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Babs Gonzales

Babs Gonzales was the toastmaster of the bebop world, a vocalese hipster who made the scene and lived to sing and write about it.

The Platters

Jazz standards like “Smoke Gets In Your Eyes” and “A Sunday Kind of Love” are not just for singers like Frank Sinatra. This week, we’ll hear the Great American Songbook sung by The Flamingos, The Platters, and other doo wop groups from the 1950s.

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Celebrating those who help us become who we are.

Flinora Frazier (nee Meyers) meeting Langston Hughes

Three stories. One about the challenges of accessing books in prison. One about how overlooking a neighborhood’s history has affected the place. One about a comic book artist who has yet to experience writers’ block.

Browse our playlist for this week's show.

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Stories from around Indiana...coming to you from the City Market Catacombs.

student activists holding signs and marching

As the 1960s neared to a close, the jazz world continued to absorb the cultural upheavals of a volatile decade.

From Diego Ortiz’s 1553 publication Trattado de glosas

Music theorists help us understand how to play and analyze music, and also shed light on how music was constructed in past eras. This hour on Harmonia, we’ll explore the work of three Renaissance theorists.

Old woman's hand

Via Zoom from Prague, Bronislava Volková reads "There is no intermediary," "There is no time, only water," "Thre is a way of Chestnut trees," "We are the orphans of the meadows and drink," "Dear Fufi," and "The deaf and dumb hand."

Open Ended Interview promo record

... OK, that should be "interview." A virtual conversation, using a very analog-era practice, in which I chat with the Duke about his work on the film score for ANATOMY OF A MURDER.

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Duke Ellington Anatomy of a Murder

In the mid-20th century Black jazz artists began to make inroads into the movie industry scoring films such as Anatomy Of A Murder and Odds Against Tomorrow.

We get comfortable in the 5th month of the year with music surrounding May's birth flower: Lily of the Valley.

Detail from Karl Brullov's The Last Day of Pompeii

Psalms are an important part of both Jewish and Christian rituals, perfectly suited to intimate, congregational, and ceremonial music settings. Last week on Harmonia, we heard Latin versions of a Psalm that begins "Out of the depths I have cried to thee.” This week, we’ll explore some settings in German and English.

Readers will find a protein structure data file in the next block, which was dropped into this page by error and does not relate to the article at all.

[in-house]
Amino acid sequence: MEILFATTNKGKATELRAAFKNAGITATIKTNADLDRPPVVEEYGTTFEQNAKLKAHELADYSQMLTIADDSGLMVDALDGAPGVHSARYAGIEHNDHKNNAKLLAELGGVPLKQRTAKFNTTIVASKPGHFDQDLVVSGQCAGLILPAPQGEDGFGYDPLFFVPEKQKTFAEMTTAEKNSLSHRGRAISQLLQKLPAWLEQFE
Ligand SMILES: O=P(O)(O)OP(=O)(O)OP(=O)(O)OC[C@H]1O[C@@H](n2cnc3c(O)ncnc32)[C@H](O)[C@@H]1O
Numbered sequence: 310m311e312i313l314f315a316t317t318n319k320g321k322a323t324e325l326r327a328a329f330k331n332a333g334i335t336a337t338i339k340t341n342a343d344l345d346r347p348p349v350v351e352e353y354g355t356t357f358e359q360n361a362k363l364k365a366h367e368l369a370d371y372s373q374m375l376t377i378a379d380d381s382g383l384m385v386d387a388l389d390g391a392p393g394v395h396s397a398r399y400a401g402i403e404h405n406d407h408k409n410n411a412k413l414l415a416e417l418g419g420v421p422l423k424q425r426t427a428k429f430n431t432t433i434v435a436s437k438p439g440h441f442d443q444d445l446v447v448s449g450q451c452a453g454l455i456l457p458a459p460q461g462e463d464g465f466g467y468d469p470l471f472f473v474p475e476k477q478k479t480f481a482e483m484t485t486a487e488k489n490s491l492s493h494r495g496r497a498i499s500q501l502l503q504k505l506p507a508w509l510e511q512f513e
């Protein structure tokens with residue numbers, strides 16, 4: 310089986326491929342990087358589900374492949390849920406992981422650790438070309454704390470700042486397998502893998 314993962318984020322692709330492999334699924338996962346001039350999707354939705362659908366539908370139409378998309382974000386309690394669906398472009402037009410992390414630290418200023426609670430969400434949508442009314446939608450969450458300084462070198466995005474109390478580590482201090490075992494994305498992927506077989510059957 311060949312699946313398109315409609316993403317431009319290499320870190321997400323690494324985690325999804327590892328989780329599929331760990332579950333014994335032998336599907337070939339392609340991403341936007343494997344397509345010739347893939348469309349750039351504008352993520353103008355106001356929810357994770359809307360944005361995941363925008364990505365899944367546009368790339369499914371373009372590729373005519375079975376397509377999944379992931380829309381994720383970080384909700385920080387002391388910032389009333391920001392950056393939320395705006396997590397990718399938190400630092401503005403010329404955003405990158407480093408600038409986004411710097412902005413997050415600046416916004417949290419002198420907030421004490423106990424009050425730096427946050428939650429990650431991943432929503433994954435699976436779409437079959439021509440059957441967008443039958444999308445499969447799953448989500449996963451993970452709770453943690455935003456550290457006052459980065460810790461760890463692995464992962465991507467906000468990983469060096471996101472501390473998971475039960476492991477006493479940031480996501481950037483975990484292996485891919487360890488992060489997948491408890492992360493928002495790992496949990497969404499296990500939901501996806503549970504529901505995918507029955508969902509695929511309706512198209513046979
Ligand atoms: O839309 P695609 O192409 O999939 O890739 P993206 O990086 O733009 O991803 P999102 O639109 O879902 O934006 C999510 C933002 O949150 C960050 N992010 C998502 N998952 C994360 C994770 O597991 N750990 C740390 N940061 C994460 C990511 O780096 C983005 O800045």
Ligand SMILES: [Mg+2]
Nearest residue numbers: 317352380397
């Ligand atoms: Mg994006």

Austin Davis

Austin Davis reads "The World Will End Tonight," "Lotus & Fear," and "Lotus & Love.

Fred Astaire

Put on your dancing shoes as we cut a rug with the American Songbook. On this episode, we look at jazz standards meant for dancing, including “I Could Have Danced All Night” and “Cheek To Cheek.”

Union Square.

If we are not exposed to someone's handwriting, that is one less distinctive characteristic available to us.

Son House

Adriane Pontecorvo reviews Forever on My Mind, a new release from Easy Eye Sound of a 1964 Wabash College concert by bluesman Son House

People from Bloomington

In 1980, the Indonesian fiction writer Budi Darma published a book of short stories called People from Bloomington. The English translation came out this month. This week on Inner States, translator Tiffany Tsao on Indonesian literature, Budi Darma, and Twitter.

Browse our playlist for this week's Ether Game.

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Stories from around Indiana...coming to you from the Morgan County History Center and Museum in Martinsville.

Detail from "The Last Day of Pompeii" by Karl Brullov, 1830-1833

Psalms are an important part of both Jewish and Christian rituals, perfectly suited to musical settings of many kinds. This week on Harmonia, we'll look at Latin versions of a Psalm that begins "Out of the depths I have cried to thee.” Plus, music from a C17 French harpsichord manuscript… found on eBay of all places!

Something Cool Mono

In the early 1950s, singer June Christy broke away from Stan Kenton’s Orchestra to record solo, helping to establish the “vocal cool” style of jazz singing. This week, we’ll explore some of those early solo recordings she made for Capitol Records.

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This time out, songs and stories that span the spectrum.

Mingus Spoken Word

On this edition of Night Lights it's "Word From Mingus," a program of Charles Mingus' 1950s spoken-word collaborations with poet Langston Hughes, monologuist Jean Shepherd, and actor Melvin Stewart. We'll also hear Mingus' own performance of his piece "Chill of Death," written when Mingus was...

Kate Schneider

The graphic novel Headland is about a woman in a hospital, the wilderness she visits in her mind, and the tortoise she meets there. It’s also about the medicalization of death and dying. This week, we talk with the author, Kate Schneider. Plus, Midwestern Movies, with Alicia Kozma.

Two Women at a Window painting

This hour, we’ll meet 3 mysteriously related, musically intricate French songs, each beginning with the words “While waiting…” We’ll also meet their common musical and poetical ancestor, which does NOT begin with those words. Intrigued?

Browse our playlist from this week's show.

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